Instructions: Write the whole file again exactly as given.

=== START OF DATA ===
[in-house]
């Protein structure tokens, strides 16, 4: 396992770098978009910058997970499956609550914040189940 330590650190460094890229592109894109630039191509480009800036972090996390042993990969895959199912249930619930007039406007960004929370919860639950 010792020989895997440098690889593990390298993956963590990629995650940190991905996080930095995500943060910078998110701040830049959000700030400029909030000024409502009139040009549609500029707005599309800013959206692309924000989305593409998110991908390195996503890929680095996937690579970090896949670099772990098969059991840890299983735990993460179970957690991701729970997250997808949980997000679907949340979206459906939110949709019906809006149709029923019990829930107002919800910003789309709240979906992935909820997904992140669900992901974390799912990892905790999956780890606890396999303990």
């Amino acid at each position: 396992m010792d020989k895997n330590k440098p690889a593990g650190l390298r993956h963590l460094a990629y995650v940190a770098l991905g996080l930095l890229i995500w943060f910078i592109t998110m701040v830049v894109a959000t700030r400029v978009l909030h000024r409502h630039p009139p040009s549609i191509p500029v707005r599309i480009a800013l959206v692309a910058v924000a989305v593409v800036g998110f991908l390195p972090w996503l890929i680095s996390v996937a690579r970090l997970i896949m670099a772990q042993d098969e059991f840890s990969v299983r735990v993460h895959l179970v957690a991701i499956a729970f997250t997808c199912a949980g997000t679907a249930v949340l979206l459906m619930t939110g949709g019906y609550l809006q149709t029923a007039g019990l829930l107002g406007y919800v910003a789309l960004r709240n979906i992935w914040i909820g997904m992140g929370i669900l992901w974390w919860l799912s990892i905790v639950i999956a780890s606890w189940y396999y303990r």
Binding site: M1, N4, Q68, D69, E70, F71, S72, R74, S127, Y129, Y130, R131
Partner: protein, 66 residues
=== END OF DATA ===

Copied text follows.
[in-house]
């Protein structure tokens, strides 16, 4: 396992770098978009910058997970499956609550914040189940 330590650190460094890229592109894109630039191509480009800036972090996390042993990969895959199912249930619930007039406007960004929370919860639950 010792020989895997440098690889593990390298993956963590990629995650940190991905996080930095995500943060910078998110701040830049959000700030400029909030000024409502009139040009549609500029707005599309800013959206692309924000989305593409998110991908390195996503890929680095996937690579970090896949670099772990098969059991840890299983735990993460179970957690991701729970997250997808949980997000679907949340979206459906939110949709019906809006149709029923019990829930107002919800910003789309709240979906992935909820997904992140669900992901974390799912990892905790999956780890606890396999303990």
């Amino acid at each position: 396992m010792d020989k895997n330590k440098p690889a593990g650190l390298r993956h963590l460094a990629y995650v940190a770098l991905g996080l930095l890229i995500w943060f910078i592109t998110m701040v830049v894109a959000t700030r400029v978009l909030h000024r409502h630039p009139p040009s549609i191509p500029v707005r599309i480009a800013l959206v692309a910058v924000a989305v593409v800036g998110f991908l390195p972090w996503l890929i680095s996390v996937a690579r970090l997970i896949m670099a772990q042993d098969e059991f840890s990969v299983r735990v993460h895959l179970v957690a991701i499956a729970f997250t997808c199912a949980g997000t679907a249930v949340l979206l459906m619930t939110g949709g019906y609550l809006q149709t029923a007039g019990l829930l107002g406007y919800v910003a789309l960004r709240n979906i992935w914040i909820g997904m992140g929370i669900l992901w974390w919860l799912s990892i905790v639950i999956a780890s606890w189940y396999y303990r």
Binding site: M1, N4, Q68, D69, E70, F71, S72, R74, S127, Y129, Y130, R131
Partner: protein, 66 residues